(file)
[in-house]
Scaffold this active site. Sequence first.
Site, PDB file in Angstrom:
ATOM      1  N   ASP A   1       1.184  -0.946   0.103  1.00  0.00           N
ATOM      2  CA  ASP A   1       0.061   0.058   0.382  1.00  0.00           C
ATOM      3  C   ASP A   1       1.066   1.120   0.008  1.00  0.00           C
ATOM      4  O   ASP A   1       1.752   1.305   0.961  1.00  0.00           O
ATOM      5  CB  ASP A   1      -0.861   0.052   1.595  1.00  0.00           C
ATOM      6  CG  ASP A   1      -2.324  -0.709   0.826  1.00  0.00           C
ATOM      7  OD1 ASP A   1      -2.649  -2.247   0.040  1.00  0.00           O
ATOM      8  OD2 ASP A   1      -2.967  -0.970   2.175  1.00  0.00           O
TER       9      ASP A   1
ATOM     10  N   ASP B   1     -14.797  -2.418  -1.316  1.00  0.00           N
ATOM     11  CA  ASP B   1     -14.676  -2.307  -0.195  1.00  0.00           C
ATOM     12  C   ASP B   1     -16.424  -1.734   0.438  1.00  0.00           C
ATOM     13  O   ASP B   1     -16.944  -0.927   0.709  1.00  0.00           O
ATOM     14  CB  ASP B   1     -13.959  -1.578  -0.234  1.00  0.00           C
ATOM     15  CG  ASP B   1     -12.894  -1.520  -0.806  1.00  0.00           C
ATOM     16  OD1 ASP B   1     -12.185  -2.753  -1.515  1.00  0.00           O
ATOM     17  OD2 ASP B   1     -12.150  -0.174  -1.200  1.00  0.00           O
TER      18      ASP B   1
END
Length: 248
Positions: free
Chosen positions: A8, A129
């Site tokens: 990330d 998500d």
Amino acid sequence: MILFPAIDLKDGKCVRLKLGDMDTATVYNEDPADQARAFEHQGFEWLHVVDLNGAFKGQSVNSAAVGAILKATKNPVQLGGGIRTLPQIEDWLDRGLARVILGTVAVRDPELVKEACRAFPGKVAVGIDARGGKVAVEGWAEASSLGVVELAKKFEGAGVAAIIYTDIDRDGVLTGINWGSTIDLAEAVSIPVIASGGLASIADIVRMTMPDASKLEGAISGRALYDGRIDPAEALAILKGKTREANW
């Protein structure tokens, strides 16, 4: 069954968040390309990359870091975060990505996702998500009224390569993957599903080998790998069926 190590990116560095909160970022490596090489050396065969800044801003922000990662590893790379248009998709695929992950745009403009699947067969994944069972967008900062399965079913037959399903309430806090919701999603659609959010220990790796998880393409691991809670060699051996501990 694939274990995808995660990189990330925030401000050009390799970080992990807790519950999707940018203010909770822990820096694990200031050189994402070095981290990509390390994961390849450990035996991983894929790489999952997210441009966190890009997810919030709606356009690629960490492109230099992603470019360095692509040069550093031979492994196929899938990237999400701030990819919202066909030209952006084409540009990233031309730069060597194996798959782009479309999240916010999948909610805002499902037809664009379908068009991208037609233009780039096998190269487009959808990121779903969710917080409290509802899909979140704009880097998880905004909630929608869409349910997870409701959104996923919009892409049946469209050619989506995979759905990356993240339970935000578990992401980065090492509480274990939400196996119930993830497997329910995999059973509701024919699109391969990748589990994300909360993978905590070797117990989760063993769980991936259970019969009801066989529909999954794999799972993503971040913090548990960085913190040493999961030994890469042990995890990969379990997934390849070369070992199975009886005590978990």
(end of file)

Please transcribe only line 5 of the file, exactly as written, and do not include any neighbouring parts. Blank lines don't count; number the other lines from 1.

ATOM      2  CA  ASP A   1       0.061   0.058   0.382  1.00  0.00           C